Day of Penance for Abortion’s Violence Against Human Dignity (GIRM 373)
Isa 32.15-18 and Matt 5.1-12 (Votive Lectionary nos. 887 and 891)
Fr. Philip Neri Powell, OP
St. Dominic Church, New Orleans
It doesn’t take long growing up on a farm to figure out the meaning of the gospel adage: you reap what you sow. We planted melon seeds and melons grew. We planted squash seeds and squash grew. Come harvest time we reaped melons and squash. The connection between planting seed and harvesting the fruit of the seed’s plant is almost too obvious to have a name. “Natural consequence” might work. Or perhaps something less philosophical like “biological process.” Regardless of what we decide to name the connection, the connection is significant not only for planning a useful garden—imagine planting spinach seeds and getting corn two months later!—but it is also significant for us as creatures who live and grow in the image and likeness of our Creator. The seed we sow in the private plots of our own hearts and the seed we sow in the public ground of the “Common Good” will grow to fruition for harvest and that harvest will make its way back to our plates. On this day of penance for abortion’s violations of human dignity, we must ask: are we eating our own condemnation?
We could spend most of today talking the coming financial disaster of Baby Boomer retirement and the lack of younger workers to pay into Social Security. We could talk about how the low birth-rate among the Boomers turned Gen-X into Generation-Narcissist, and Gen-Y into Generation-Entitlement. We could point out that the “freedom of choice” to procure legal abortions and the use of contraceptives have “freed” sex from its reproductive end and given us at least three generations of Americans that are at once obsessed with sex and neurotic about sex to the point of needing professional medical treatment. And we could spend some time talking about how legal abortion has functioned in our national moral calculus as an agent of human degradation, one focused tightly on racial minorities and the poor. This is where we are. Where are we going to be?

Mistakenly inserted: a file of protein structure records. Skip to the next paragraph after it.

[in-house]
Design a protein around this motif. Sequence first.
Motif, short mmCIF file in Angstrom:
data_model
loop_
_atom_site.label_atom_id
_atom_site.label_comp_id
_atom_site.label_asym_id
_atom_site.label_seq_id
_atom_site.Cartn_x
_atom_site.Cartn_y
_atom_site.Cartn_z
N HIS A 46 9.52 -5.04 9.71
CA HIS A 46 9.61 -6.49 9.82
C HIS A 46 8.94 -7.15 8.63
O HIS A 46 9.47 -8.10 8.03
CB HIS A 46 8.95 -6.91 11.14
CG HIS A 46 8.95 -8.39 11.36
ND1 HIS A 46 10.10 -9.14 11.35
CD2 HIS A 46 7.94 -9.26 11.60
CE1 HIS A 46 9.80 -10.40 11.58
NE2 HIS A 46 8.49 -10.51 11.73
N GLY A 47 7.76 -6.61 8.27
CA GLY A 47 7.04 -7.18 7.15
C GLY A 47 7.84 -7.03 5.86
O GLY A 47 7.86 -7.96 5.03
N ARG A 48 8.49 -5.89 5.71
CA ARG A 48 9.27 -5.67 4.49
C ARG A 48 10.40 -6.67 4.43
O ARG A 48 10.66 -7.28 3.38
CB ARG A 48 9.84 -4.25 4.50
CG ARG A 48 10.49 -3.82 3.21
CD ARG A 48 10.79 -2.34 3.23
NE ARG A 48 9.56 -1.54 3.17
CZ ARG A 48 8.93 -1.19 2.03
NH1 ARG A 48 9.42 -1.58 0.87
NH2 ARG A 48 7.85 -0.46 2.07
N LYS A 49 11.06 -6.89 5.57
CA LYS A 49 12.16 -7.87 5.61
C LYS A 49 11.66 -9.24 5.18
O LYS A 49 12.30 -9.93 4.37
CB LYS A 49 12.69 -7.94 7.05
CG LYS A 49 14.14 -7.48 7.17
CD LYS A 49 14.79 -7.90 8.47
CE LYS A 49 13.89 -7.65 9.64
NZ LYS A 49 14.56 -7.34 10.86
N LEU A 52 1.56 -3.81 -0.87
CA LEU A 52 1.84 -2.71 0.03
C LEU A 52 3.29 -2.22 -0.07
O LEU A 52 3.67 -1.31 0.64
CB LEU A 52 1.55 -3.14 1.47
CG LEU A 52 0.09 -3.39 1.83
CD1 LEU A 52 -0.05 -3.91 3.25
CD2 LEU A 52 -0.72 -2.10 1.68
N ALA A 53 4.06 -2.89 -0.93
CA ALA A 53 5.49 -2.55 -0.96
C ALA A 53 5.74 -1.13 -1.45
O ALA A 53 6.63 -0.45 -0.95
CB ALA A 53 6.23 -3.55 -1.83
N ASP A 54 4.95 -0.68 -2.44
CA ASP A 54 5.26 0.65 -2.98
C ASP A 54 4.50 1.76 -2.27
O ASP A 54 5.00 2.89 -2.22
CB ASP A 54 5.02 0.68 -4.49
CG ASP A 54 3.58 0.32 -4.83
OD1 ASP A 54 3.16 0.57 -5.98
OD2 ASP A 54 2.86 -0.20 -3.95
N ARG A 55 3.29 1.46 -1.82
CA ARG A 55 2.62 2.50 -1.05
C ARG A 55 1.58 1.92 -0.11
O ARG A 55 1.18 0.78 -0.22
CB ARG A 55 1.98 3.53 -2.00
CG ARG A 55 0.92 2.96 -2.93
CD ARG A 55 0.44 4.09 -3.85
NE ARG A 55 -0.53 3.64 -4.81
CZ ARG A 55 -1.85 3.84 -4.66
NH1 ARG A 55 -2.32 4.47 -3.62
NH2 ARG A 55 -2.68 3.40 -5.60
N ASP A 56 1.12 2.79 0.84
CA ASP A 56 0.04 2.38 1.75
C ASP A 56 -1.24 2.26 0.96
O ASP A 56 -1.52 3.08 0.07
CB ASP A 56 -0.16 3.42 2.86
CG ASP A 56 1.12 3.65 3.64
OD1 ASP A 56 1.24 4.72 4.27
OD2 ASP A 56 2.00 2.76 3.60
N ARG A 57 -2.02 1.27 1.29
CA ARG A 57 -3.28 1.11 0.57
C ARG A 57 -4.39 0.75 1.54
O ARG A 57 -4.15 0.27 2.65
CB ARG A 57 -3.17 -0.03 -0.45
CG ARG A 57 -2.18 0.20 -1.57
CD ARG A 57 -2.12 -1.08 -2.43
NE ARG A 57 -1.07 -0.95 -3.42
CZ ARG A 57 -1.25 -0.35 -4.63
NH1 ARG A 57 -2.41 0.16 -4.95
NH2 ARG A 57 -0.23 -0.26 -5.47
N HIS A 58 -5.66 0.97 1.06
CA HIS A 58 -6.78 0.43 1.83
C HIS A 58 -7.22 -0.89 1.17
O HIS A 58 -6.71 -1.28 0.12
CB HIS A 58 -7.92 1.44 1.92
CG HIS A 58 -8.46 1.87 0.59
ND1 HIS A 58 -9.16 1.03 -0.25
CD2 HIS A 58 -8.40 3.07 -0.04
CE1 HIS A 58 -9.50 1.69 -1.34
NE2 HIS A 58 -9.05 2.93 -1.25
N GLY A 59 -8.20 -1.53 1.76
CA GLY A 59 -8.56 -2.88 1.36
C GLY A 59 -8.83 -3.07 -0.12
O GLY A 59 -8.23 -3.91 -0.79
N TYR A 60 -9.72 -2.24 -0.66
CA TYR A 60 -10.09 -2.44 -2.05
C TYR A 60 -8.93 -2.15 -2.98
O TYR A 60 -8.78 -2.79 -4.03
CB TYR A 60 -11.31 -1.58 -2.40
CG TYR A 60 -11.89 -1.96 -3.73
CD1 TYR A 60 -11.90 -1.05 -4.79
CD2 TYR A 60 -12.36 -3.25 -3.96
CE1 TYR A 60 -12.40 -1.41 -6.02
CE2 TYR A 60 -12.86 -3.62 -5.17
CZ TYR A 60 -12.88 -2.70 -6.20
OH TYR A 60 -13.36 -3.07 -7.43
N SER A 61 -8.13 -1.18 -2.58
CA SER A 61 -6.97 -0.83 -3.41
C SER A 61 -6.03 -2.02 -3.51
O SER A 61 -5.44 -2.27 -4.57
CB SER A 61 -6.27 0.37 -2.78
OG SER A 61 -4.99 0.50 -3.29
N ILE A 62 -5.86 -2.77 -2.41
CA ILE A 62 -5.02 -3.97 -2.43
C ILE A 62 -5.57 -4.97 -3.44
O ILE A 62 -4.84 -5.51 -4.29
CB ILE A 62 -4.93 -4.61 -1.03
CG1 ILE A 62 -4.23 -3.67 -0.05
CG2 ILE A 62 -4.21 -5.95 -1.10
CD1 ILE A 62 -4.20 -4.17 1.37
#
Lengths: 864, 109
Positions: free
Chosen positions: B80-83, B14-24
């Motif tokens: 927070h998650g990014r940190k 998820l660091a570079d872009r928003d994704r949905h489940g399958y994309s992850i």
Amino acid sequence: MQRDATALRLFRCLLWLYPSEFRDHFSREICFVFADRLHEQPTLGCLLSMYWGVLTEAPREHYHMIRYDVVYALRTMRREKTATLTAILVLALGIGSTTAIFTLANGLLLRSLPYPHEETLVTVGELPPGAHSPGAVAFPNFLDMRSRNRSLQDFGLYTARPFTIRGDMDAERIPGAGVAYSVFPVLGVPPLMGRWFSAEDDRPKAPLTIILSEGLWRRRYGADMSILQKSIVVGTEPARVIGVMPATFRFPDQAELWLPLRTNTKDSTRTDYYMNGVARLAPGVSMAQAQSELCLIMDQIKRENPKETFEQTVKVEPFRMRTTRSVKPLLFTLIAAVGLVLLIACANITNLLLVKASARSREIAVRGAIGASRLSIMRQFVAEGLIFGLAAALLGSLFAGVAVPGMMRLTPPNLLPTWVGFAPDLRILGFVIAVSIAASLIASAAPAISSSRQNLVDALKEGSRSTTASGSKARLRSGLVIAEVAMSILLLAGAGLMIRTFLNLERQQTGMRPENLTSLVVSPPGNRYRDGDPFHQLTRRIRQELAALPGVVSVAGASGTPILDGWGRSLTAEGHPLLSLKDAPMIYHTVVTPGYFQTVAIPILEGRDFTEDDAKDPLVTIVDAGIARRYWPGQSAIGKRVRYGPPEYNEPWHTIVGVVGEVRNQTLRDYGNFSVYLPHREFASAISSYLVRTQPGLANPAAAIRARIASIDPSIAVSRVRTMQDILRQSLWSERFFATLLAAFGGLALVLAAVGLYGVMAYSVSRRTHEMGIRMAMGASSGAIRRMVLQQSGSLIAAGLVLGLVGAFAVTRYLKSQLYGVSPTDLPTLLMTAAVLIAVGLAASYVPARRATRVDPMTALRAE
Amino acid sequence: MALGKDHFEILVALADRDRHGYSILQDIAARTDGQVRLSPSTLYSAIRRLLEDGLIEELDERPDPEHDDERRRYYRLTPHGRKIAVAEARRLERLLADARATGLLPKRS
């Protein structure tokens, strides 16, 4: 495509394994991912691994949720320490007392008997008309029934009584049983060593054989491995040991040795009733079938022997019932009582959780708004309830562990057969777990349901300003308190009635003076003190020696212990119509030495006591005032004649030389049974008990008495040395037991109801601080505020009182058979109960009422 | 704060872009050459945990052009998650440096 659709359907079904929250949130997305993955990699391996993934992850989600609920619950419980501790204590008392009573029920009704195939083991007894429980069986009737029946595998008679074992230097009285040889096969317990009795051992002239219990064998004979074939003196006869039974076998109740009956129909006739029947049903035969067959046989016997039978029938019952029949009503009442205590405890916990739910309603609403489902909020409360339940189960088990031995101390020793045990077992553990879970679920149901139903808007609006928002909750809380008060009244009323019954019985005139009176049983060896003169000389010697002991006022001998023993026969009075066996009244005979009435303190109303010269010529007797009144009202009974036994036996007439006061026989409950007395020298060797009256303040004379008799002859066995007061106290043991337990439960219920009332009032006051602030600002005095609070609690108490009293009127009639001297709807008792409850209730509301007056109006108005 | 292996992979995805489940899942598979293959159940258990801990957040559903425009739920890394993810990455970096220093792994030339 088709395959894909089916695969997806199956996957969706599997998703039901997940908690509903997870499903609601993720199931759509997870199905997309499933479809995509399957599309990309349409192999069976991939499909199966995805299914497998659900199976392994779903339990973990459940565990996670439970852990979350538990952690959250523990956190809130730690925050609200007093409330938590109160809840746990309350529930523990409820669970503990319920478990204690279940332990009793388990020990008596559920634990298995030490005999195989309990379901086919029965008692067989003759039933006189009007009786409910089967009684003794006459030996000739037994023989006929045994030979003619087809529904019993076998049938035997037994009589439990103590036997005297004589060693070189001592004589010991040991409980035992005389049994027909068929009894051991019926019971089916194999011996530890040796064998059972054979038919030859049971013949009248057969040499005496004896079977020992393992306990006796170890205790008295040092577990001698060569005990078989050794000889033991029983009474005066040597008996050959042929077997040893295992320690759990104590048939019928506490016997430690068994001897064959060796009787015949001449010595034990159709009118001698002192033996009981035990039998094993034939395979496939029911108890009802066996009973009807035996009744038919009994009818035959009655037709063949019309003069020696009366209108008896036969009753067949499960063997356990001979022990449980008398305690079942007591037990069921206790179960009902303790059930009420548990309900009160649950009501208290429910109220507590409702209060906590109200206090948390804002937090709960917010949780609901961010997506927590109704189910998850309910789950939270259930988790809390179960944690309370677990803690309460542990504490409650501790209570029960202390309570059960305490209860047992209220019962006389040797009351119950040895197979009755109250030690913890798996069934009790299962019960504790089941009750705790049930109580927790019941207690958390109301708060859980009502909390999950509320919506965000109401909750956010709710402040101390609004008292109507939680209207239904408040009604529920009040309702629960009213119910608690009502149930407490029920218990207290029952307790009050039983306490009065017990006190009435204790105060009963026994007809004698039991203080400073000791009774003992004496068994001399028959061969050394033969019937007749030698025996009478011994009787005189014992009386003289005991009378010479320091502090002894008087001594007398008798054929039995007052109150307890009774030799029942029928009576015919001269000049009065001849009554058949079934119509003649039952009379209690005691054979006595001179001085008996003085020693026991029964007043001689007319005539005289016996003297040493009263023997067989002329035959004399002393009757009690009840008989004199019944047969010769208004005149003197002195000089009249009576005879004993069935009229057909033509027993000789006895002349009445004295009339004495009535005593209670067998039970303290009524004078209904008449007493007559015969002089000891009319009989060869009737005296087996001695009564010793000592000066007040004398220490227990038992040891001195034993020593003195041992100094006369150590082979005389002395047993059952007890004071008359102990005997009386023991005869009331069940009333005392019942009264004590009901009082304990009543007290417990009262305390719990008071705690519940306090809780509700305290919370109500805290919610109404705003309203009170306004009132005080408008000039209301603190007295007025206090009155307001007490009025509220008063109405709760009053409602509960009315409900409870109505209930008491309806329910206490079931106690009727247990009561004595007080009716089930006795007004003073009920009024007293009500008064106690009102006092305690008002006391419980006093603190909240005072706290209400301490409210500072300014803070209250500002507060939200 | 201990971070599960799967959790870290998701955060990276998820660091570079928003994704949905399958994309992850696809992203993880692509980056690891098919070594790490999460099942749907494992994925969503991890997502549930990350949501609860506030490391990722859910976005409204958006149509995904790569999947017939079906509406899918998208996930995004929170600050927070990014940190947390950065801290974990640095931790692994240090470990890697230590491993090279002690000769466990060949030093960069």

The Beatitudes teach us that there is a pattern to justice and peace that begins right where we are. Where we are always results in where we will be. Just look at the text. Blessed ARE they who mourn, for they WILL BE comforted. Blessed ARE the clean of heart, for they WILL see God. All the way through the teaching, Jesus makes the practical, moral connection between where we are with where we will be. Blessed are, blessed are, blessed are. . .will inherit, will be shown mercy, will be satisfied. This is the moral parallel to our sown seed/predictable harvest image.
Fortunately, as moral creatures, we are graced with intelligence and good sense. We are free to change where we are and therefore free to alter where we will be. Isaiah says it plainly, “Justice will bring about peace; right will produce calm and security.” So long as we sow the seeds of narcissism, entitlement, self-righteousness, material convenience, and violence against children and the unborn, we can expect to harvest nothing less than an aggressive contempt for life, an aversion to sexual responsibility and care, and a culture so soaked through with death that it stinks up the heavens. So long as we deny the justice of the most basic human right—the right to live—to our future, we have no future. There is Nothing beyond narcissism; Nothing beyond entitlement; Nothing beyond violence but more violence. We will not be shown mercy; we will not be comforted; we will not be called children of God, nor, for that matter, will we see God.
Our ministry today is penance. And preaching. Who out there doesn’t know that Christ’s peace follows God’s justice? No desert will become an orchard and no orchard a forest if we cannot quench the conflagration that consumes our yet to be born future. There is no soil rich enough to produce a harvest without seed.___________________
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